Monitoring of the contaminant levels in Arctic Caribou in Northern Yukon and Southwestern Nunavut: making more informed decisions about food consumption

This project studies contaminant levels in caribou in the Canadian Arctic to determine if these populations remain healthy (in terms of contaminant loads), whether these important resources remain safe and healthy food choices for northerners and if contaminant levels are changing over time. In 2018/19 samples were collected from 16 Qamanirjuaq, 4 Lorillard and 18 Forty-Mile caribou and 11 Sanikiluaq reindeer. Twenty kidneys from the Bathurst caribou were also included in the analysis. Sample analyses for these collections had not been completed at the time this report was prepared. Porcupine, Qamanirjuaq and Forty-Mile caribou samples collected in the 2017/18 year have been analyzed, and results are presented in this report. Toxic elements tended to be higher in cows than bulls, likely due to the relatively higher volume of food intake (and hence toxic element intake) by cows due to their smaller size and higher energetic requirements from parturition and lactation. Cadmium and zinc increased with age while mercury decreased with age in Porcupine caribou bulls. Lead continues to decline in both herds. Overall, mercury, selenium and zinc are increasing in the Qamanirjuaq caribou, although increases are slight and may be better described by a cyclic pattern, similar to that seen in the Porcupine caribou, which is not experiencing an overall increase in any of those elements. Toxic elements were present at very low concentrations in marrow from Porcupine caribou, much lower than those found in kidneys.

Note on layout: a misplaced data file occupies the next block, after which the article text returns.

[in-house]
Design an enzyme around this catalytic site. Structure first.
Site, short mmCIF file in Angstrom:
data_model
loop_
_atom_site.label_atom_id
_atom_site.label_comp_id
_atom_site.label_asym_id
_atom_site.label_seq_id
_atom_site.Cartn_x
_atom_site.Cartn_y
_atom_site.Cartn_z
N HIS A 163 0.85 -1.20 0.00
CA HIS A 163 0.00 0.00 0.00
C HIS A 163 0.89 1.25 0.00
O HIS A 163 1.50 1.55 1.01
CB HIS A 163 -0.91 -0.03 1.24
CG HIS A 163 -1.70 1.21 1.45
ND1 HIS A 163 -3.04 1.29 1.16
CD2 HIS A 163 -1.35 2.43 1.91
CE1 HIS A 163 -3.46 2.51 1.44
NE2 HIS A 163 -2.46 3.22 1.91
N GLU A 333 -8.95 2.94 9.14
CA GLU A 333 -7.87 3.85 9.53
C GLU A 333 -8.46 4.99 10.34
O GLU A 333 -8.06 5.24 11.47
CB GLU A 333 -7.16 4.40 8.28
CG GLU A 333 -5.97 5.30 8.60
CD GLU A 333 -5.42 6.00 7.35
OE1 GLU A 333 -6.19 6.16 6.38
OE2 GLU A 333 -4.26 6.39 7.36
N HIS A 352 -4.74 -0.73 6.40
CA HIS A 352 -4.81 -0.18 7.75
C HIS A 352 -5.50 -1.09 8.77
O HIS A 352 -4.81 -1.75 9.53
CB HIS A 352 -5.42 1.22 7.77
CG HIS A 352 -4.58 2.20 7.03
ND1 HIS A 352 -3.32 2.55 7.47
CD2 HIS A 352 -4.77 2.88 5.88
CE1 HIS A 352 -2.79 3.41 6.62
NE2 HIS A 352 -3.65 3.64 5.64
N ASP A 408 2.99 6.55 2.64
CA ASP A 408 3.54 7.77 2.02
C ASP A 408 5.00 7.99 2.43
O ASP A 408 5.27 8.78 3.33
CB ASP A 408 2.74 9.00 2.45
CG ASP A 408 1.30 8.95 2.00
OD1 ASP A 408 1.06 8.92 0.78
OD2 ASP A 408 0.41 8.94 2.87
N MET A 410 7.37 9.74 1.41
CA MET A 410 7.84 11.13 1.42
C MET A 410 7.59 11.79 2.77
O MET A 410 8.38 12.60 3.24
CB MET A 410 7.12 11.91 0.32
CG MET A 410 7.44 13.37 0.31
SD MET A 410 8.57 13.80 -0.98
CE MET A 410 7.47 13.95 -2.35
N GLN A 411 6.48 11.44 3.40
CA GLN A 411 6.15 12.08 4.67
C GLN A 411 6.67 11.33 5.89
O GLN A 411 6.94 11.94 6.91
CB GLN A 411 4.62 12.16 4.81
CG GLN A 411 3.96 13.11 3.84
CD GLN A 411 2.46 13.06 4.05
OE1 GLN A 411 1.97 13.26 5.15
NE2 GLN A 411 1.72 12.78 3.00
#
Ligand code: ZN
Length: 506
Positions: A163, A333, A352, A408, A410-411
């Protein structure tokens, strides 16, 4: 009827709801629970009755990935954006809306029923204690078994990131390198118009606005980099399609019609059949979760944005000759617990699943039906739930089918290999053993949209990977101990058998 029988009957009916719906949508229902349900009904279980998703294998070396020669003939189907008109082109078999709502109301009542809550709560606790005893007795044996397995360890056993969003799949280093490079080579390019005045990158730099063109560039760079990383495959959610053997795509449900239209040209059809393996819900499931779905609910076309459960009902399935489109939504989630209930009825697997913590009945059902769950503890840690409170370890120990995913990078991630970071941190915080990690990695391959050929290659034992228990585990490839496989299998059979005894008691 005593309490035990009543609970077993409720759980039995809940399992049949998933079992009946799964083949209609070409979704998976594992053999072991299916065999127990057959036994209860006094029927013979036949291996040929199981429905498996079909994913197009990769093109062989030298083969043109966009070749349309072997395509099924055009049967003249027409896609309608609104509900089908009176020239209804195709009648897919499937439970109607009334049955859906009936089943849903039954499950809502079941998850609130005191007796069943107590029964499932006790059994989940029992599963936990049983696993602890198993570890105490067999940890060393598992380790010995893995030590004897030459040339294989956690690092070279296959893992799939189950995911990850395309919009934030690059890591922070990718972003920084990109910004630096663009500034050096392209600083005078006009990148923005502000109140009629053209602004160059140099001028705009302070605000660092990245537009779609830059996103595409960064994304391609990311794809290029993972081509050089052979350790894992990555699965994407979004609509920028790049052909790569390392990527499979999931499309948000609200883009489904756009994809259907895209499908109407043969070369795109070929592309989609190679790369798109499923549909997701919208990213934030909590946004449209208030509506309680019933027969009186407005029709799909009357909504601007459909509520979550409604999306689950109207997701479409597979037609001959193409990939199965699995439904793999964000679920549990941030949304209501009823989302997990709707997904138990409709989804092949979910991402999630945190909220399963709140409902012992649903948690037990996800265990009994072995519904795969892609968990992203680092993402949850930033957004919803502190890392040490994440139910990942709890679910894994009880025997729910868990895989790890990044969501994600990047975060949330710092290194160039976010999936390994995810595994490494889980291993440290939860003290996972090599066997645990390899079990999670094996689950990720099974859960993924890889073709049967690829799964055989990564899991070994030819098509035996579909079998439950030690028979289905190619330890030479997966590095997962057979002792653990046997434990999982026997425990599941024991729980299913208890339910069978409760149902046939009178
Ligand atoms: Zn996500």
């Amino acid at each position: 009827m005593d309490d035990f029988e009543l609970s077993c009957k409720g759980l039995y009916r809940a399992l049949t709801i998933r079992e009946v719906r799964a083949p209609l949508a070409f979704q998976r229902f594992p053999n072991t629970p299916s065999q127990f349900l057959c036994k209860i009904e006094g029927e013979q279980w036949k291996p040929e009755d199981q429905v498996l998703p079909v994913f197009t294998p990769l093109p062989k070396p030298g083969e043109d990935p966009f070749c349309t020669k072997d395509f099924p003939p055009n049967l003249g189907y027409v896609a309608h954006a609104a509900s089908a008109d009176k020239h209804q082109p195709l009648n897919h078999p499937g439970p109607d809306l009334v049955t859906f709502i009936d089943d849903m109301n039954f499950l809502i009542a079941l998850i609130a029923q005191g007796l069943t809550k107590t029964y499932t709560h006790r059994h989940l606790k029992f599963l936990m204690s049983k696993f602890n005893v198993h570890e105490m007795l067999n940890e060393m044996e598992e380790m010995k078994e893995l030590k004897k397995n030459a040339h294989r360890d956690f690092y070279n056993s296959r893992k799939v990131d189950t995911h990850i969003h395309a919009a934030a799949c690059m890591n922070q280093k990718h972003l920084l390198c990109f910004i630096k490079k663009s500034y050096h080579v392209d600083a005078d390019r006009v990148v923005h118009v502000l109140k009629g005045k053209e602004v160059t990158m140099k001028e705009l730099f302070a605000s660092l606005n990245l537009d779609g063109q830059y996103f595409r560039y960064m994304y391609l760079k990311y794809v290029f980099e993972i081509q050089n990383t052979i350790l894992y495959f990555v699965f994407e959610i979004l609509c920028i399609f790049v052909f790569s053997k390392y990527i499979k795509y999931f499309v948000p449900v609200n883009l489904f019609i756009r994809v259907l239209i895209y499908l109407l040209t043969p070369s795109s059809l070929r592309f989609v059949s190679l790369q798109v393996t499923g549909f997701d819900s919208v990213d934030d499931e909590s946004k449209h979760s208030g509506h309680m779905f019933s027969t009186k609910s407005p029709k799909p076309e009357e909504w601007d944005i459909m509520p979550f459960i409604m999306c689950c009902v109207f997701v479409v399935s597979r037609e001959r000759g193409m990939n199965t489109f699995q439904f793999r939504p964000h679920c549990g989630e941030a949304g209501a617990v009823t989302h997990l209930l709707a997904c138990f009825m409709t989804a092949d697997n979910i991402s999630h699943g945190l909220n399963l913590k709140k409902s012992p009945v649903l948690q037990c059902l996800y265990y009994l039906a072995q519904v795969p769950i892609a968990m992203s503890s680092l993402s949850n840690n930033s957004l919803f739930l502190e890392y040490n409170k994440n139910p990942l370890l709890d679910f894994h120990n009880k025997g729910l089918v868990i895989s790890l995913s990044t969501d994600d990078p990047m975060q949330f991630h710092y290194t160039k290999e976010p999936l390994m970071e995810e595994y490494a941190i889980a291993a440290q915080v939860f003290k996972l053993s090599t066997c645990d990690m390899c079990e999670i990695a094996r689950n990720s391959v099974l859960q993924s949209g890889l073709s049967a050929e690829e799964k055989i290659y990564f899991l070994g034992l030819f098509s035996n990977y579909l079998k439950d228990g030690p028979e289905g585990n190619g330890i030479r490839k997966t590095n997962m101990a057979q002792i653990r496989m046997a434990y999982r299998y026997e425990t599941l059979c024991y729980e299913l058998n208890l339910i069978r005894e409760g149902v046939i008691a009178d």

Perfluorinated sulfonic acids are declining over time in caribou liver (largely due to PFOS, which has been banned). Per- and polyfluorinated alkyl substances and polybrominated dipheynyl ethers were present at very low levels in caribou liver. Levels of most contaminants measured in caribou kidneys were not of concern toxicologically, although renal mercury and cadmium concentrations may cause some concern for human health depending on the quantity of organs consumed. Yukon Health has advised restricting intake of kidney and liver from Yukon caribou, the recommended maximum varying depending on herd (e.g. a maximum of 25 Porcupine caribou kidneys/year). The health advisory confirms that heavy metals are very low in the meat (muscle) from caribou and this remains a healthy food choice. There have been no health advisories issued for caribou in NWT or Nunavut.

Metadata Access
Creator Gamberg, Mary; Campbell, Mitch; Muir, Derek; Suitor, Mike; Tetlichi, Joe; Wang, Xiaowa
Publisher Canadian Cryospheric Information Network
Contributor Polar Data Catalogue
Publication Year 2019
Rights Research programs, CCIN, or ArcticNet take no liability for the use or transmission of this data
OpenAccess true
Contact mary.gamberg(at); pdc(at)
Language English
Format Computer file
Discipline Environmental Research
Spatial Coverage (-141.000W, 61.000S, -94.000E, 69.000N)
Temporal Coverage Begin 2010-04-01T00:00:00Z
Temporal Coverage End 9999-12-31T00:00:00Z